Lasers, already used for everything from price scanning at the supermarket to eye surgery, now are likely to dramatically change the construction, large-scale manufacturing, remote sensing and defense industries. A new National Institute of Standards and Technology (NIST) report* predicts "tremendous" applications for laser scanning devices, also known as LADARs (for Laser Detection and Ranging) and argues for a vigorous effort to create next-generation LADAR---a coffee-cup-size device with millimeter accuracy. The results, says study director William C. Stone, "could be comparable to the advances achieved when computers were first matched with machinery."
Industry has used LADAR systems, which create three-dimensional images of areas and objects, since the late 1970s. Recent advances in microchip lasers, optics, microelectromechanical systems (MEMS) and computers, however, have increased LADAR's speed of data acquisition, range accuracy and reliability, as well as reduced its size and costs. LADARs now are used to generate topographic images, to survey the depths of large bodies of water, and as three-dimensional documentation of construction when building plans are not available. Manufacturers also are beginning to use LADARs as a tool to recreate critical machine components from single examples.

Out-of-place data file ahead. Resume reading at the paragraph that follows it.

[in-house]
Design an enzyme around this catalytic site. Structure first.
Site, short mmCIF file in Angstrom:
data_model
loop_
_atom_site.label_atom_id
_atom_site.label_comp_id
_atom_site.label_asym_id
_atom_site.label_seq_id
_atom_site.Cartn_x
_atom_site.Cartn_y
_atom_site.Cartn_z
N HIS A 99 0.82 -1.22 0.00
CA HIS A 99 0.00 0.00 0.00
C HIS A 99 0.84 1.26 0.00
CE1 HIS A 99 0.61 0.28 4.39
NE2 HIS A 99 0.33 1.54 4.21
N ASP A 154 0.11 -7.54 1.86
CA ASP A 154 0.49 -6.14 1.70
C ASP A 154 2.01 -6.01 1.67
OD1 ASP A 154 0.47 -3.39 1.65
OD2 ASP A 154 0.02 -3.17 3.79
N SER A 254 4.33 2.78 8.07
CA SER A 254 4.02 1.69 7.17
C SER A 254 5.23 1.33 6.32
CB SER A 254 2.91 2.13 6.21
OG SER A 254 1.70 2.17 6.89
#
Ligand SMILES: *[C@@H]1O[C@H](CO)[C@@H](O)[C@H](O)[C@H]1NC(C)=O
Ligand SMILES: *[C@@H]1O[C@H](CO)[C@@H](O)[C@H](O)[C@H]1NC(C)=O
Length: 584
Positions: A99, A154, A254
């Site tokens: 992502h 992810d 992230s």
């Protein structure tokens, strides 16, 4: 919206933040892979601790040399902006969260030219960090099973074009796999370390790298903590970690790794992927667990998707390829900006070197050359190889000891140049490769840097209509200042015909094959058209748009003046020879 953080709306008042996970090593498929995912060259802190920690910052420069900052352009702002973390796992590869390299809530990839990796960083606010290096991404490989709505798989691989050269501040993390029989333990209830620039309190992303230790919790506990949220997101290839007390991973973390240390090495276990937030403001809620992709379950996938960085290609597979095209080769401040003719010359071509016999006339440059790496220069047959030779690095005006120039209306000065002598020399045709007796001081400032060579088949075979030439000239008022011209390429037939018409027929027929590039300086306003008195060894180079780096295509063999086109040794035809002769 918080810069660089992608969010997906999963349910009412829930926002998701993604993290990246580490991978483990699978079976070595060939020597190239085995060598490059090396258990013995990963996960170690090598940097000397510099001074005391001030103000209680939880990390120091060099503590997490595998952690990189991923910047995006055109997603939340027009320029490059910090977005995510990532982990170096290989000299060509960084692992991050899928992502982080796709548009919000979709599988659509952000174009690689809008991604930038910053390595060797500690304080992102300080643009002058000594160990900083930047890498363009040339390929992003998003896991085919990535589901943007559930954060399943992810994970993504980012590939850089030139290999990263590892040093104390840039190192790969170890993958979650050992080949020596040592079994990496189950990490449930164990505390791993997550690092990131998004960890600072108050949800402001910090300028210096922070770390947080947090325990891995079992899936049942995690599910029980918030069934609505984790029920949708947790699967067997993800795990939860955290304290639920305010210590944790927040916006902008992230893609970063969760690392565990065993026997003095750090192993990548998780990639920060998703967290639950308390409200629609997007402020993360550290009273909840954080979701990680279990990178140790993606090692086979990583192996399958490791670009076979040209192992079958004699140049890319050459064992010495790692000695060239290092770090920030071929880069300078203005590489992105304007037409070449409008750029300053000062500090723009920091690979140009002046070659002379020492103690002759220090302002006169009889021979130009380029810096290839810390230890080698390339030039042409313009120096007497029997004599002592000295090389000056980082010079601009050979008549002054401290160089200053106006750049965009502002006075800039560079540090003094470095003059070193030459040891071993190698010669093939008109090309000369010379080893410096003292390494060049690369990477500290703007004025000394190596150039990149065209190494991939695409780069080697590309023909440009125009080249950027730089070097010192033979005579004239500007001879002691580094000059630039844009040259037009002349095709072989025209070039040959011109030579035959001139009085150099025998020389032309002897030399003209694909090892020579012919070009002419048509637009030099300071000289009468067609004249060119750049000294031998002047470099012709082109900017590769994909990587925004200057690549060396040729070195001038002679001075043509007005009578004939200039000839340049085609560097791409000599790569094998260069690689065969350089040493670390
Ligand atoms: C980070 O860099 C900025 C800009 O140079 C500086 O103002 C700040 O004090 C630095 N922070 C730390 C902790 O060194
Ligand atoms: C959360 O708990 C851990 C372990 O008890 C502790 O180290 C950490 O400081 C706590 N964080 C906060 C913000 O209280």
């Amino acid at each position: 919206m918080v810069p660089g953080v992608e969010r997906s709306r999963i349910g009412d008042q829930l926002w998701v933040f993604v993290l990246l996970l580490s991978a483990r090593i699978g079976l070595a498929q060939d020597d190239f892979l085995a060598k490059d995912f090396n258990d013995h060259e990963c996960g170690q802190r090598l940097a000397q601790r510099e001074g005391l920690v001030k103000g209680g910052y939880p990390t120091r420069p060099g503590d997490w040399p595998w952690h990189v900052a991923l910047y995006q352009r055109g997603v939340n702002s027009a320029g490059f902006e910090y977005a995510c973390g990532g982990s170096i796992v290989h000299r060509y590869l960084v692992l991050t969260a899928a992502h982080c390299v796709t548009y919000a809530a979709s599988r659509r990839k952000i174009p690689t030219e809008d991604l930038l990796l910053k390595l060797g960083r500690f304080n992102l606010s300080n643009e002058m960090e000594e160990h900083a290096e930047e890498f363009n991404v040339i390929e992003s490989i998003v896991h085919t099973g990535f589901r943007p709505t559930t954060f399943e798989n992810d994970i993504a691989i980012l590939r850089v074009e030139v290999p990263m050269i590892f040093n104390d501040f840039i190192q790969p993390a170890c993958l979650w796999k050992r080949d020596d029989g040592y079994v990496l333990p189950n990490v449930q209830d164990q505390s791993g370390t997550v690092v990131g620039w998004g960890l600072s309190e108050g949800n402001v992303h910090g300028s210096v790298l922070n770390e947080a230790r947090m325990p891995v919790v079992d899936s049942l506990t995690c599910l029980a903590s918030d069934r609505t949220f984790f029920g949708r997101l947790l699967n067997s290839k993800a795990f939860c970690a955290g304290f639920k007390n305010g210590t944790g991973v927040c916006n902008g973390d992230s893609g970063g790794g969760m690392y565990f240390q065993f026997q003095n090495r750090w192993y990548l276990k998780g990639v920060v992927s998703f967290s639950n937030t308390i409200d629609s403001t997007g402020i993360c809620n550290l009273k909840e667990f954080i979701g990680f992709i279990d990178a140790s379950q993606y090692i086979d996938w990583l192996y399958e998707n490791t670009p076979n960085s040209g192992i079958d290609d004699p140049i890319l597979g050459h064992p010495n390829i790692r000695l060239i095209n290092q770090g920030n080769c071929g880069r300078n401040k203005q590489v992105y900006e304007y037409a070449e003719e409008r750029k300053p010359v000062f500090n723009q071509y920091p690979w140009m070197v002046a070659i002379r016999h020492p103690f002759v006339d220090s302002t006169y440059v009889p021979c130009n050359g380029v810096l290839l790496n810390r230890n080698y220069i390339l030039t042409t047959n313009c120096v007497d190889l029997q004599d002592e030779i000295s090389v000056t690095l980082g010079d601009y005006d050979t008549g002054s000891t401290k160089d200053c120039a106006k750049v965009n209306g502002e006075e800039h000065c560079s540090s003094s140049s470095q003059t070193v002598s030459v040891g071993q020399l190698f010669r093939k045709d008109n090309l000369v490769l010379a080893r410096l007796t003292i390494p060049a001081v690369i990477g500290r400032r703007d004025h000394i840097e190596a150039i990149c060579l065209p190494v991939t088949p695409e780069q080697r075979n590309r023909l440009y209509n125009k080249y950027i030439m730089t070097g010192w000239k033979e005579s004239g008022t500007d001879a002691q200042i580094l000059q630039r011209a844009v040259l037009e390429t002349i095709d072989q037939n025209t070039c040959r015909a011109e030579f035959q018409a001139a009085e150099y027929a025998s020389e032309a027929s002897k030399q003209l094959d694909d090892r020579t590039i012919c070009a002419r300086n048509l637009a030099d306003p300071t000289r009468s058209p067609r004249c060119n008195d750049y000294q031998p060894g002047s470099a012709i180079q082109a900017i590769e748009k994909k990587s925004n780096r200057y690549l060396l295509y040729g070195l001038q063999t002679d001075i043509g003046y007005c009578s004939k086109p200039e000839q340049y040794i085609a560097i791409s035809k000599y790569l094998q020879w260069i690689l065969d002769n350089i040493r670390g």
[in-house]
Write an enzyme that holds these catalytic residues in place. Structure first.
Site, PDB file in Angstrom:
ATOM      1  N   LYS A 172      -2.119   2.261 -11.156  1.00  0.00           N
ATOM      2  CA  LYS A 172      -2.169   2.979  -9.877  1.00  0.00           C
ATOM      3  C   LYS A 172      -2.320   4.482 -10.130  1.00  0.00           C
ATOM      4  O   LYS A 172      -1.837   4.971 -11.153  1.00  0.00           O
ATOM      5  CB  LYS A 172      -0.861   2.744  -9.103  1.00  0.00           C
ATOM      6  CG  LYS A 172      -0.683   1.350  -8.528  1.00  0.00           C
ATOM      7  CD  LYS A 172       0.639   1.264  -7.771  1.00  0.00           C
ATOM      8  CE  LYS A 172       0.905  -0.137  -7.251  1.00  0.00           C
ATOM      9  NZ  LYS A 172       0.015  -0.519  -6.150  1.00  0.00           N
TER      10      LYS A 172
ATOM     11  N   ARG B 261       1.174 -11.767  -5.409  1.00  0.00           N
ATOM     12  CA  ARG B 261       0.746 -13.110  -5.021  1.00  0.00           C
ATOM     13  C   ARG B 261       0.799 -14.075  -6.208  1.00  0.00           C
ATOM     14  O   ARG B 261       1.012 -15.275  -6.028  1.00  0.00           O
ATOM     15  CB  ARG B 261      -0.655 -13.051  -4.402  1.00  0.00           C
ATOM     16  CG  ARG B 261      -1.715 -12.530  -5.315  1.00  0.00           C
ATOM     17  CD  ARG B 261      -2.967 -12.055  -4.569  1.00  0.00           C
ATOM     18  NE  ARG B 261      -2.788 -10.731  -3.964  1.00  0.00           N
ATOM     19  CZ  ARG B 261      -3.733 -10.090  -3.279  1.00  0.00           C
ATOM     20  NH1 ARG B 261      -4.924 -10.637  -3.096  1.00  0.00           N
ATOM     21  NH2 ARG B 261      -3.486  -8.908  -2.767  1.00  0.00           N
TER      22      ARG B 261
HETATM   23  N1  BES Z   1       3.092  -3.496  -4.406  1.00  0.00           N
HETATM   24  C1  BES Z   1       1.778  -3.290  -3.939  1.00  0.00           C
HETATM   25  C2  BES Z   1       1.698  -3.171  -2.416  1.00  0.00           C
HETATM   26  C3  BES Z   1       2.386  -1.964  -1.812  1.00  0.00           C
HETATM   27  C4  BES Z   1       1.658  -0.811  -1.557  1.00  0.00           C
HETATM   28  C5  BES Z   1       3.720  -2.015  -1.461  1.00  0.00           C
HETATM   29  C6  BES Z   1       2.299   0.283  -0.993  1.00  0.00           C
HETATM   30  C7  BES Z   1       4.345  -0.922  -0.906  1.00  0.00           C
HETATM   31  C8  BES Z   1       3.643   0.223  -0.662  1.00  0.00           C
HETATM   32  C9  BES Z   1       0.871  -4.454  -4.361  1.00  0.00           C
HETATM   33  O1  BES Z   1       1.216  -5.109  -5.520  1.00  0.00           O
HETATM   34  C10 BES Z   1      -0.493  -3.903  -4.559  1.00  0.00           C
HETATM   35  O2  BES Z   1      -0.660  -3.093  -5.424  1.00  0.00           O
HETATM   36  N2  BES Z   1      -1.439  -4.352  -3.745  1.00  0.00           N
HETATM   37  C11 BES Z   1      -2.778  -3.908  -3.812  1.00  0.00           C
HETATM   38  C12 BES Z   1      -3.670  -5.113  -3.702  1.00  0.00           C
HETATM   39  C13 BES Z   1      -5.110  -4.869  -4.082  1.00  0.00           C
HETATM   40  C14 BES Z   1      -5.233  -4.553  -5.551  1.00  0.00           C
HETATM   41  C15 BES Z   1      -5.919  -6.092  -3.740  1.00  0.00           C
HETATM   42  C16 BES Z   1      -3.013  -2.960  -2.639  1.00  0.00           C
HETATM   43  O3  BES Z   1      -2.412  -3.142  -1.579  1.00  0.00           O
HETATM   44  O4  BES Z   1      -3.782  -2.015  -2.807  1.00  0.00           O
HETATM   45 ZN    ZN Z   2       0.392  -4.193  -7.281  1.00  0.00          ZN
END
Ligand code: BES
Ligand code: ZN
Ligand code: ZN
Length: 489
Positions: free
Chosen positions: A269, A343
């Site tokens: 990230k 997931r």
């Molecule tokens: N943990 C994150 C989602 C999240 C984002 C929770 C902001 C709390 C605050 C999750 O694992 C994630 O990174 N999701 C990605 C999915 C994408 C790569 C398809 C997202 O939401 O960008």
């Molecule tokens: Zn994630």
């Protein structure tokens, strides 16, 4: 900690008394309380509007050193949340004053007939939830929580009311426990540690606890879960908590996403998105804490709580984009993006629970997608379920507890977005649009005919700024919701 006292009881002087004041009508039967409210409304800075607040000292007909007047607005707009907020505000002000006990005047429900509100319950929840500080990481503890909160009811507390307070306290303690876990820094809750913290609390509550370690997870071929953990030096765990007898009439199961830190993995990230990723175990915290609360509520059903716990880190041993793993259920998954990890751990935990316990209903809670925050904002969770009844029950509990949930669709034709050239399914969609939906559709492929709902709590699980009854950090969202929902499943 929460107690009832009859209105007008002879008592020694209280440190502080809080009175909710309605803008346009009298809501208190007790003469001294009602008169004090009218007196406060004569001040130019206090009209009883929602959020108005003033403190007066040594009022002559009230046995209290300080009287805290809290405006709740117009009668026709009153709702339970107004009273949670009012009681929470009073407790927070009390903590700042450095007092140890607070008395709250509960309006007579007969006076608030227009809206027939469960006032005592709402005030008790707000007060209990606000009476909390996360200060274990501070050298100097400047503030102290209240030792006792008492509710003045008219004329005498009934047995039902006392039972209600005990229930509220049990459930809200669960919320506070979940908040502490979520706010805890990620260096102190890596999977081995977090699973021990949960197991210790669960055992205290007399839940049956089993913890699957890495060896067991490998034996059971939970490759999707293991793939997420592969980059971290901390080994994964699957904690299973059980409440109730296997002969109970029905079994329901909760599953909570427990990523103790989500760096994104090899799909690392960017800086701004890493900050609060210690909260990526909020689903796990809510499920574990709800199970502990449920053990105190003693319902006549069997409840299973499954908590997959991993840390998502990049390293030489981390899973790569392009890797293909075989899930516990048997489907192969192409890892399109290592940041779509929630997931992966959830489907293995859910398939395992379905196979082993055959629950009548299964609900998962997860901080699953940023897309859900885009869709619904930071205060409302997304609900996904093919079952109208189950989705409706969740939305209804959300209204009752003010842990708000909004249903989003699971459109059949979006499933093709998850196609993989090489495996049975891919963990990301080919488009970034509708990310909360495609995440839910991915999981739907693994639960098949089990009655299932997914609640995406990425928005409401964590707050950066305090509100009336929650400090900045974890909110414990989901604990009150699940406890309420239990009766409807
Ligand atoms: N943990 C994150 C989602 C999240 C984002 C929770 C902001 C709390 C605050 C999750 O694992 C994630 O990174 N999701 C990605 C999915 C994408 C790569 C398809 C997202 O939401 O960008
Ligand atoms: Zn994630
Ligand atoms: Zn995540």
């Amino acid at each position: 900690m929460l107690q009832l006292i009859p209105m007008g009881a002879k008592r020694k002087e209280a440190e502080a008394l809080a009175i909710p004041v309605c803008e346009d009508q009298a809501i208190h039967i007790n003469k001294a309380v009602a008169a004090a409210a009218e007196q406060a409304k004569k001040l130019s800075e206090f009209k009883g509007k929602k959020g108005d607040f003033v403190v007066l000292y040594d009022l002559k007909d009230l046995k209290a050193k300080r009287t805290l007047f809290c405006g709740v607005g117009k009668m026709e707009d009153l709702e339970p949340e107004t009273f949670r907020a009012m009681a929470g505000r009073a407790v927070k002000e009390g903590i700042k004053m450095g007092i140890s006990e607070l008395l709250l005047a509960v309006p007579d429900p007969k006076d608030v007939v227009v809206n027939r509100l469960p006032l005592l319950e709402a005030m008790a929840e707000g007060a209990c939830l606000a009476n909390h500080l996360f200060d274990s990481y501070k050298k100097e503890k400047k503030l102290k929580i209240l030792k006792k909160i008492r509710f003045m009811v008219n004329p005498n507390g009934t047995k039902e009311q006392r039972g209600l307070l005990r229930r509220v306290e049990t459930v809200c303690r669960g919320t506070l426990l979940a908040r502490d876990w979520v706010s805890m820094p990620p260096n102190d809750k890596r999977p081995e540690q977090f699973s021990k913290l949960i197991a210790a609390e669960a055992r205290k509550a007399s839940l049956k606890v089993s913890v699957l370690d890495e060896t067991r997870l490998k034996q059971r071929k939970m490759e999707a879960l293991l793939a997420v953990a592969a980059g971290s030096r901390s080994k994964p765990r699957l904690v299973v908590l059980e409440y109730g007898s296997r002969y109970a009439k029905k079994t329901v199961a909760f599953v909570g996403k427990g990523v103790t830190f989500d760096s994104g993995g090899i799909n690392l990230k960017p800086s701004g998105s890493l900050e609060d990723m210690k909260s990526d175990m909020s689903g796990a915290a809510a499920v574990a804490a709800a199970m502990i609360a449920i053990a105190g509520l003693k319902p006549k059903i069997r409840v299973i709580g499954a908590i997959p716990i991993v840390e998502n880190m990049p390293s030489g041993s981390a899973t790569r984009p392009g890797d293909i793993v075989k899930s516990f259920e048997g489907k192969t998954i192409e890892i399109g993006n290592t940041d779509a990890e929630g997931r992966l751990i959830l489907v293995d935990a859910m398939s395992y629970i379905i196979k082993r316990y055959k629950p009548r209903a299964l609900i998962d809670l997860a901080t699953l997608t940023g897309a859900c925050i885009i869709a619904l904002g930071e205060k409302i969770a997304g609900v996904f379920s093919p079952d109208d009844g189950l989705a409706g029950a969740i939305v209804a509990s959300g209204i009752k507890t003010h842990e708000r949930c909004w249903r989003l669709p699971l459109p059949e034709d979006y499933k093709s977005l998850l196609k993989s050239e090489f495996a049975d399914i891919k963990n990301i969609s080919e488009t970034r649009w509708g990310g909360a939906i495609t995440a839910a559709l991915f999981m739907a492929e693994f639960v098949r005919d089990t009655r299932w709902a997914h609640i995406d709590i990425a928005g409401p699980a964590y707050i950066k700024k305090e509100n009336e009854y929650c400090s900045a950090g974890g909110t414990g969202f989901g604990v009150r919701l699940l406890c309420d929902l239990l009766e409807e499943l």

NIST is testing LADAR as a tool for remote management of construction sites and for navigating unoccupied military vehicles. (The latter research could soon lead to collision-avoidance advances for civilian automobiles.) To spur greater LADAR industrial use, NIST also is working to develop test objects for LADAR performance standards so industry can have confidence in laser scanning readings and comparison of systems. Other LADAR research currently under way at NIST includes work on rapid, long-range automated identification systems for remote scanning and inventory of construction materials; automated LADAR-based docking systems for building construction cranes; and basic scientific and engineering research that will enable development of miniature, high-resolution, low-cost, next-generation LADAR systems.
Source: Eurekalert & othersLast reviewed: By John M. Grohol, Psy.D. on 21 Feb 2009
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